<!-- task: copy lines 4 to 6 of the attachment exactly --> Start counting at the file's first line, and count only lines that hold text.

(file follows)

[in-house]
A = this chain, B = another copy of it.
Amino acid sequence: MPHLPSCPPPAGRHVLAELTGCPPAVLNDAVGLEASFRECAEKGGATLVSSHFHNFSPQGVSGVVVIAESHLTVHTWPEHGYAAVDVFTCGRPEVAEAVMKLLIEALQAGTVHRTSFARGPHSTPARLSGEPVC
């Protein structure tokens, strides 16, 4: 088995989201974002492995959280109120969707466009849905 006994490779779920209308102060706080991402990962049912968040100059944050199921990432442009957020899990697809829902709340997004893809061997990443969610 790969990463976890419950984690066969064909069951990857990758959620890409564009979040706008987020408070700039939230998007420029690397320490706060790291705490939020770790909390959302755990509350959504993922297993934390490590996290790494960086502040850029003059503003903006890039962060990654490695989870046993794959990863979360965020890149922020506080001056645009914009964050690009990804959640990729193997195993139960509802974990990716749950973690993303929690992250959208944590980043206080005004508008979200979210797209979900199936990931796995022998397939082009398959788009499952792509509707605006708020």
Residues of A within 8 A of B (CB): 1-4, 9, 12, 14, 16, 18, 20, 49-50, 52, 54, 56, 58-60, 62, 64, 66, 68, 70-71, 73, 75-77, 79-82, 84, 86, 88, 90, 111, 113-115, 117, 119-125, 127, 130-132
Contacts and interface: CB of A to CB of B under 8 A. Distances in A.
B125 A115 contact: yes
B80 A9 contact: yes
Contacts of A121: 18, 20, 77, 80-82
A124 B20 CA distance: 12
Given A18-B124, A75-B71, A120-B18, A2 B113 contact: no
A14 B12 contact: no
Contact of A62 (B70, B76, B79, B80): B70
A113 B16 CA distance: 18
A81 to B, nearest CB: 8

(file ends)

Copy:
């Protein structure tokens, strides 16, 4: 088995989201974002492995959280109120969707466009849905 006994490779779920209308102060706080991402990962049912968040100059944050199921990432442009957020899990697809829902709340997004893809061997990443969610 790969990463976890419950984690066969064909069951990857990758959620890409564009979040706008987020408070700039939230998007420029690397320490706060790291705490939020770790909390959302755990509350959504993922297993934390490590996290790494960086502040850029003059503003903006890039962060990654490695989870046993794959990863979360965020890149922020506080001056645009914009964050690009990804959640990729193997195993139960509802974990990716749950973690993303929690992250959208944590980043206080005004508008979200979210797209979900199936990931796995022998397939082009398959788009499952792509509707605006708020």
Residues of A within 8 A of B (CB): 1-4, 9, 12, 14, 16, 18, 20, 49-50, 52, 54, 56, 58-60, 62, 64, 66, 68, 70-71, 73, 75-77, 79-82, 84, 86, 88, 90, 111, 113-115, 117, 119-125, 127, 130-132
Contacts and interface: CB of A to CB of B under 8 A. Distances in A.